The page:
However, the days of Pax – Britannica were in the years coming up to 1914. The new giant of the century was America who was just waking up at the beginning of the 20th century. However, America was driven by trade and it saw empires as economically restricting and so, therefore, wanted to dismantle the European empires. This was contrary to the French and British overseas empires which survived on the basis of trade unlike the continental empires in Europe. Economically, America was starting to become a very powerful country which became a good influence due to its principles of liberalism; this meant that any person possessed the rights of an individual and could trade freely from economics and democratically elect the government for the people, by the people.

In conclusion, the way the world was changing up to 1914 economically was that because of industrialisation, businesses started, factories grew cities around them and economy was altered massively as societies were used to village life that had continued, unchanged, for centuries. The world changed politically up to 1914 as autocracies crumbled and ideas of liberalism and nationalism took hold in peoples minds. This being due to the mind set changing from a philosophical perspective towards much more evidence driven societies that asked the question “why should we be ruled autocratically?” The world changed in terms of empires up to 1914 because of the crumbling continental empires just managing to hold onto their power contrast wholly with the power empires had in the 17th and 18th  century.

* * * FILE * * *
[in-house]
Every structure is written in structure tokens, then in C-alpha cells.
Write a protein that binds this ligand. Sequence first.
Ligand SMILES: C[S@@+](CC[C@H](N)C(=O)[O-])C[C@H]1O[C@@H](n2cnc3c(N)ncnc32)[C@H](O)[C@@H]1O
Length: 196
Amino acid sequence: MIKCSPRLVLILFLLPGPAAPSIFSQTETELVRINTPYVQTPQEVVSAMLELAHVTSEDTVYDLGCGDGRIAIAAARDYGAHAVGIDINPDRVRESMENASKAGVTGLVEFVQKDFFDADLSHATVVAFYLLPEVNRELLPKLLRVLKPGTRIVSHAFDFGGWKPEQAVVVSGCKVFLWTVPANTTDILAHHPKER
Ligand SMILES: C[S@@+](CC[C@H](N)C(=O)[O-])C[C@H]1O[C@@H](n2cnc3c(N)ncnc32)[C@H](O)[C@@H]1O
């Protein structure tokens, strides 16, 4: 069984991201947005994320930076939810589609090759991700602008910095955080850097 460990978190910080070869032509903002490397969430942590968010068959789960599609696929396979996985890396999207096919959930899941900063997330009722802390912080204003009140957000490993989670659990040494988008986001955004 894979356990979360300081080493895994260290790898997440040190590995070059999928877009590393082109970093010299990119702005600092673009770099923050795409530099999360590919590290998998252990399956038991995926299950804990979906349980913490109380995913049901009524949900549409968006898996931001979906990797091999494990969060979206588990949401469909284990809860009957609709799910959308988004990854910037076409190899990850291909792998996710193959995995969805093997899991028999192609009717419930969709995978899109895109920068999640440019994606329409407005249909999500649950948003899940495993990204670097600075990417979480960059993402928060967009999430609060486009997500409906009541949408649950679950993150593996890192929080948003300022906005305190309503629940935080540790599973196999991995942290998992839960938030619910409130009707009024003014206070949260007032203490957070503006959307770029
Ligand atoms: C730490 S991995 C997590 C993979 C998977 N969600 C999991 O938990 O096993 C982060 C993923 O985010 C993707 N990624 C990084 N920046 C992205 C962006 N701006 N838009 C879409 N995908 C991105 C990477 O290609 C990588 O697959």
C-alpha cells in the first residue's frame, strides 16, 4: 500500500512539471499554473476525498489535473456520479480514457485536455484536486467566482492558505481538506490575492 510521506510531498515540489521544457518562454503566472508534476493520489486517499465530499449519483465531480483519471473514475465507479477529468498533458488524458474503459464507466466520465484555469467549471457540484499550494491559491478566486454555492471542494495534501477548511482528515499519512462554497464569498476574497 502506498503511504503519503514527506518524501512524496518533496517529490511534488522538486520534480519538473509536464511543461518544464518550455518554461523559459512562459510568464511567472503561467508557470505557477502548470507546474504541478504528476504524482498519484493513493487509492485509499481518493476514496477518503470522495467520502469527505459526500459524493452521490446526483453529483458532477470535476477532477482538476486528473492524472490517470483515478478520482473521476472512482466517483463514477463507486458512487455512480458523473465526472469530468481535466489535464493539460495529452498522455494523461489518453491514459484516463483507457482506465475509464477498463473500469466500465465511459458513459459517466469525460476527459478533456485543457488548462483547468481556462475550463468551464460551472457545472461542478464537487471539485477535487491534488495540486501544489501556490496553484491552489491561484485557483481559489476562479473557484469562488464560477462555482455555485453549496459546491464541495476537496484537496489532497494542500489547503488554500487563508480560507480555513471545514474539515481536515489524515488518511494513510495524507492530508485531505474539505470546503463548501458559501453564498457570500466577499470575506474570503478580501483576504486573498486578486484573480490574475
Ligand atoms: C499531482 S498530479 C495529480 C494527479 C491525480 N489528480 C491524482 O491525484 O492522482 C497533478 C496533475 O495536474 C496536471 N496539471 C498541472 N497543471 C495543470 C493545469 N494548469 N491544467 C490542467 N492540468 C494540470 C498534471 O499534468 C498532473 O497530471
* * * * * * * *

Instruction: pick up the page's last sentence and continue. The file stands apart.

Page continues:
Britain and France were desperately hanging on to their overseas colonies. And so the zeitgeist of the late 19th century and the early 20th century was that of fear, the fear that any more change to Europe might result in cataclysmic consequences and so each country frantically held onto the past.